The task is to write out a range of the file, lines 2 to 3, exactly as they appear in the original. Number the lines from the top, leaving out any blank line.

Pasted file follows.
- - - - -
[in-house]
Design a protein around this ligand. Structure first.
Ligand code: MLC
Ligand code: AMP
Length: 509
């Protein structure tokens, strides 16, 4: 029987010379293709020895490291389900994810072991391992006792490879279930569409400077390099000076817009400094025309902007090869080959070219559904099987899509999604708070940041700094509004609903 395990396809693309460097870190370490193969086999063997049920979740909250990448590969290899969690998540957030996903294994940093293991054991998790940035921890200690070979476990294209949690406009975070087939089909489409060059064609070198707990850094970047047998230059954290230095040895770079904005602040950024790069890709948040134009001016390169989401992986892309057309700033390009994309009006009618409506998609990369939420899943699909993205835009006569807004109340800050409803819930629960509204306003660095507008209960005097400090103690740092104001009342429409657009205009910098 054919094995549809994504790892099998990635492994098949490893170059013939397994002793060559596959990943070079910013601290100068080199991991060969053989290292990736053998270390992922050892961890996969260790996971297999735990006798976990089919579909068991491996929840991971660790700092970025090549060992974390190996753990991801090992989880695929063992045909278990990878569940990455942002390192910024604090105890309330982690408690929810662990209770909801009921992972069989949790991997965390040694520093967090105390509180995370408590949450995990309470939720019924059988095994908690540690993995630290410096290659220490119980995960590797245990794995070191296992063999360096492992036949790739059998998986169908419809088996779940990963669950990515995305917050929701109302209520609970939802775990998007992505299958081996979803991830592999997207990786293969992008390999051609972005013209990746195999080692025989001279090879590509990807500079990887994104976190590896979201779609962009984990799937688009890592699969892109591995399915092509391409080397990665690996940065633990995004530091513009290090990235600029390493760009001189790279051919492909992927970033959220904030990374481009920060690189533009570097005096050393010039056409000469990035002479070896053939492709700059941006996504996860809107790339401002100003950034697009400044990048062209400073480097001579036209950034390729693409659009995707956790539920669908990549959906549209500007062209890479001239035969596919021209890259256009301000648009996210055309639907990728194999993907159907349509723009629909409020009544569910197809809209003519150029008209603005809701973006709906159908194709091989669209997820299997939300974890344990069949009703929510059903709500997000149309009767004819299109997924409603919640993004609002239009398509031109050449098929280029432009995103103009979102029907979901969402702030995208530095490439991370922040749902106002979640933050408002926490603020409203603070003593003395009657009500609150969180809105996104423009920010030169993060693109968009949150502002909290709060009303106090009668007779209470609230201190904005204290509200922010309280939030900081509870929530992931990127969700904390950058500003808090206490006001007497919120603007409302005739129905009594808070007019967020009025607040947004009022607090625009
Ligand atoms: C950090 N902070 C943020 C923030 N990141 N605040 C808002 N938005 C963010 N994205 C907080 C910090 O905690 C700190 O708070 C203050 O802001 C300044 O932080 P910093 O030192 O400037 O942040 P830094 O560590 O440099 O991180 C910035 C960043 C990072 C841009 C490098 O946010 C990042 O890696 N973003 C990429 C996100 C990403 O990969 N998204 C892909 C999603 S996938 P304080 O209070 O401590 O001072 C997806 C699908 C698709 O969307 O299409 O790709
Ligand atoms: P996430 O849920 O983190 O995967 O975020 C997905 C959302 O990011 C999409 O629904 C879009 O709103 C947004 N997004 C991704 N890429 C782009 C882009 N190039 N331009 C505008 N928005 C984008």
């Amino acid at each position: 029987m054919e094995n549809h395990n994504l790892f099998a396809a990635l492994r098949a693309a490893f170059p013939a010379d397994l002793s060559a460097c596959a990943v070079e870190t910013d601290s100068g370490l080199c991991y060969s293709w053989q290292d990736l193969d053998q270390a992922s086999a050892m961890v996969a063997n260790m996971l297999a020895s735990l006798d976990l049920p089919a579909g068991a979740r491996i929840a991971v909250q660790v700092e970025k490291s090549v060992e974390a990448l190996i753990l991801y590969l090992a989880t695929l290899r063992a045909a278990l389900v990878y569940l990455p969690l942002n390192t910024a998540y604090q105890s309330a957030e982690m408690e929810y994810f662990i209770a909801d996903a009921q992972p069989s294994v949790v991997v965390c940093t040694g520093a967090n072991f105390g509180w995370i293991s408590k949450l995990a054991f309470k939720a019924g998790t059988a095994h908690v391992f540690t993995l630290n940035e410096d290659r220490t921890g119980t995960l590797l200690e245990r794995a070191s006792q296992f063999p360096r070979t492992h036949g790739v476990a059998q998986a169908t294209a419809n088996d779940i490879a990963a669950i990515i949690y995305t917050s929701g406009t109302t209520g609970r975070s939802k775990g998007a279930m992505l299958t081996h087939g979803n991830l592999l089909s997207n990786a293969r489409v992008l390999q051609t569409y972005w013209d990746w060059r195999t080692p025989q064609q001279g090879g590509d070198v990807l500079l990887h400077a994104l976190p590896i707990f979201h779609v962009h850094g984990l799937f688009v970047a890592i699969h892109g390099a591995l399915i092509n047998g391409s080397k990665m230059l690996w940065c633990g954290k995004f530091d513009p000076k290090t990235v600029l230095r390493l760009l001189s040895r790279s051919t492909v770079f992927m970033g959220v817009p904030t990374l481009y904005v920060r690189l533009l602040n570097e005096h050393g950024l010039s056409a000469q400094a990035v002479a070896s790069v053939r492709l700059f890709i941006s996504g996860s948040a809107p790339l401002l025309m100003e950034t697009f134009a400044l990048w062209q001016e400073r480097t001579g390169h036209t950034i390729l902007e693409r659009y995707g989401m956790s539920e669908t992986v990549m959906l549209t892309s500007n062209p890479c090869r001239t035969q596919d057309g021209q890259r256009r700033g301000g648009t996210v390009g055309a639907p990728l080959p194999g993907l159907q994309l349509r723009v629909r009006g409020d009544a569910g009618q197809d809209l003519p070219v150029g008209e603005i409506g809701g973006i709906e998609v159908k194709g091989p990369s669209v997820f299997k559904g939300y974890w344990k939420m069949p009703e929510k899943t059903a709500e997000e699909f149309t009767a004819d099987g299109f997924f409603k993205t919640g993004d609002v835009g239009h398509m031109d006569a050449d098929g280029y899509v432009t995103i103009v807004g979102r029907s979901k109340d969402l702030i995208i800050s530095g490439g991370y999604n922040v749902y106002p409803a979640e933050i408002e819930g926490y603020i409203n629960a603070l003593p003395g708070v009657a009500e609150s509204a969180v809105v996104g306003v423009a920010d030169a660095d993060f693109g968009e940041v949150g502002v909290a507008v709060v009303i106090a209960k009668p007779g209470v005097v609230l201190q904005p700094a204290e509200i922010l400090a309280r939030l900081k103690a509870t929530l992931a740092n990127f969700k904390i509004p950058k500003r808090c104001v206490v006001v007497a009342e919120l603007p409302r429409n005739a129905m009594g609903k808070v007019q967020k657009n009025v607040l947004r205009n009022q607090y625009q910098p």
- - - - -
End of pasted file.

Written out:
Design a protein around this ligand. Structure first.
Ligand code: MLC